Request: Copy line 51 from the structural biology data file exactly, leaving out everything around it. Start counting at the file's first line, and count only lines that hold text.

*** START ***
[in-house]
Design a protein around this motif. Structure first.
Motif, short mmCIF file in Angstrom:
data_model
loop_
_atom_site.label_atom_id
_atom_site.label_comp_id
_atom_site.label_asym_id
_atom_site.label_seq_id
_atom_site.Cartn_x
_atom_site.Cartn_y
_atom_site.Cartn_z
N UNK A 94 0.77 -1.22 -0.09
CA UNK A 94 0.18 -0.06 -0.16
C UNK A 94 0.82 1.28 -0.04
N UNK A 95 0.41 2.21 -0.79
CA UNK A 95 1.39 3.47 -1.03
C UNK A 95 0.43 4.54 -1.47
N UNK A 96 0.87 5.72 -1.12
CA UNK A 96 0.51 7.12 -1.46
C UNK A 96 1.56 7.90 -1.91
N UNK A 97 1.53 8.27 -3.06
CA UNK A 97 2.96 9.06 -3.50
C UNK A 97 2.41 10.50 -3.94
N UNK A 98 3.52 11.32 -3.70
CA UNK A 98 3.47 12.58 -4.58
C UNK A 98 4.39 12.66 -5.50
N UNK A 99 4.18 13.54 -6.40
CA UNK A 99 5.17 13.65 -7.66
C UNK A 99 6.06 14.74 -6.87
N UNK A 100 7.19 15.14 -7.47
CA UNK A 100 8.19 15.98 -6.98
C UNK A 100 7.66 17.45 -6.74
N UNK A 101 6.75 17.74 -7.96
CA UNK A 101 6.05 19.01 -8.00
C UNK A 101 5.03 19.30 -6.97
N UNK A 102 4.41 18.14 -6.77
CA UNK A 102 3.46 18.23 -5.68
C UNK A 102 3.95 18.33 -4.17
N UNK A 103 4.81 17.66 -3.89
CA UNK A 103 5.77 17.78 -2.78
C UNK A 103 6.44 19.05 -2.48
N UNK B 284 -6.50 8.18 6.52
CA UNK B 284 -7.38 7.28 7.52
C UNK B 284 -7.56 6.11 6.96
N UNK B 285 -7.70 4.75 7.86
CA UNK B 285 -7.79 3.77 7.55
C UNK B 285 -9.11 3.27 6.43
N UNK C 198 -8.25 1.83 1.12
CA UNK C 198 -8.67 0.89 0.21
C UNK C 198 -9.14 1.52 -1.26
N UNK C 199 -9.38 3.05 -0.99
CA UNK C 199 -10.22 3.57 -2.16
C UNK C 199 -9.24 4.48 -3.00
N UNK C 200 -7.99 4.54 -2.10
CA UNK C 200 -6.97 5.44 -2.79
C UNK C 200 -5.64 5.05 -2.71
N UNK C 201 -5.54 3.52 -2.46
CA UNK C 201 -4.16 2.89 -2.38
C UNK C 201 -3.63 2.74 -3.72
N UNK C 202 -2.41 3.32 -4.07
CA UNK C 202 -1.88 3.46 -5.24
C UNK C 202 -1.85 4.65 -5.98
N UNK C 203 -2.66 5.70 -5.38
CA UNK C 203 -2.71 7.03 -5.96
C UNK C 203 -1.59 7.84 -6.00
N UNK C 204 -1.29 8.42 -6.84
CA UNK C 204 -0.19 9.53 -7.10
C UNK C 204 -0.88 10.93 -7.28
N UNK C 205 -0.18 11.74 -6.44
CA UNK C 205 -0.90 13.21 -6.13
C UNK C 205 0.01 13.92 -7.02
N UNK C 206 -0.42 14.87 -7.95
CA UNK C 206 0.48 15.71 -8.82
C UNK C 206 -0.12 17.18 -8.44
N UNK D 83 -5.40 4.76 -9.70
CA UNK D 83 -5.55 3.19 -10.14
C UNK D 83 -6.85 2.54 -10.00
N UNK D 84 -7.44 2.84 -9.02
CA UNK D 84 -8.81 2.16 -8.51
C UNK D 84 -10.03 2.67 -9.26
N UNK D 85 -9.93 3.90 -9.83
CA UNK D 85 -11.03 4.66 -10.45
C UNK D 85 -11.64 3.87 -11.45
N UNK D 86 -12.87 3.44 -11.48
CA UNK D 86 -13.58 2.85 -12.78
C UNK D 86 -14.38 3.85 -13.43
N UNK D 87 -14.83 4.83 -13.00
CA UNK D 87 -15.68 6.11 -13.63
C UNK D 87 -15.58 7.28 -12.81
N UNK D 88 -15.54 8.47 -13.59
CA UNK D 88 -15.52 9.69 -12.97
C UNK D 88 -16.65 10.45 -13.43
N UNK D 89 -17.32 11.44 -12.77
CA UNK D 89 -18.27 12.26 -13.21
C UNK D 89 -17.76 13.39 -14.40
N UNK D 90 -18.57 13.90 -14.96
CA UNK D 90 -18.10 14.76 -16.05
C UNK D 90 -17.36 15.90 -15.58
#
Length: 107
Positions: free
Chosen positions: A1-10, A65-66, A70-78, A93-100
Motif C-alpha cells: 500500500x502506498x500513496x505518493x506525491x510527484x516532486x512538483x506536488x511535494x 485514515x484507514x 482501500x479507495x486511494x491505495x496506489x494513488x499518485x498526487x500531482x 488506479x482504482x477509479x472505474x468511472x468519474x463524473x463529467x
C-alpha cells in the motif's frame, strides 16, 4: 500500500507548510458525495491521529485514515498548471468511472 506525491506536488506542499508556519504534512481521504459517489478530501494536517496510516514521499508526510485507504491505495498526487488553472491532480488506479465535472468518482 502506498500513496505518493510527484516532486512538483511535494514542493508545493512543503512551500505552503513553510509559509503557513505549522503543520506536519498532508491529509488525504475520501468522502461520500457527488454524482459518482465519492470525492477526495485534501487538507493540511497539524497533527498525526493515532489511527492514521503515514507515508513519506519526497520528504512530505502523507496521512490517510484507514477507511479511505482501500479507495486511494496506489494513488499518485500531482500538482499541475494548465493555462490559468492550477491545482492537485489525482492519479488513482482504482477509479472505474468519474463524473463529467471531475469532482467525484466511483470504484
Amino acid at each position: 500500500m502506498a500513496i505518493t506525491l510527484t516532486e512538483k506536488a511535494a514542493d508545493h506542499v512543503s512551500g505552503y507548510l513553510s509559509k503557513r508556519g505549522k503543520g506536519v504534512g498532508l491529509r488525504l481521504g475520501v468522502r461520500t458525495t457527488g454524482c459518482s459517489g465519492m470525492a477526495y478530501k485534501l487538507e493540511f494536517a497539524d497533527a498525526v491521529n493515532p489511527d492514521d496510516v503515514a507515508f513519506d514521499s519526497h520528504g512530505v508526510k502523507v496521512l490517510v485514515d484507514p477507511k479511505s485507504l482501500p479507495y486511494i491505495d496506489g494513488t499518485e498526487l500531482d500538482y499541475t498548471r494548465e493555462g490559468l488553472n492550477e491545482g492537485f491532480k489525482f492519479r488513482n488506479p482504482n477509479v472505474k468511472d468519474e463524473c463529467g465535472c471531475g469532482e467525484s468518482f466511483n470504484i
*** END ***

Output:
C UNK C 198 -9.14 1.52 -1.26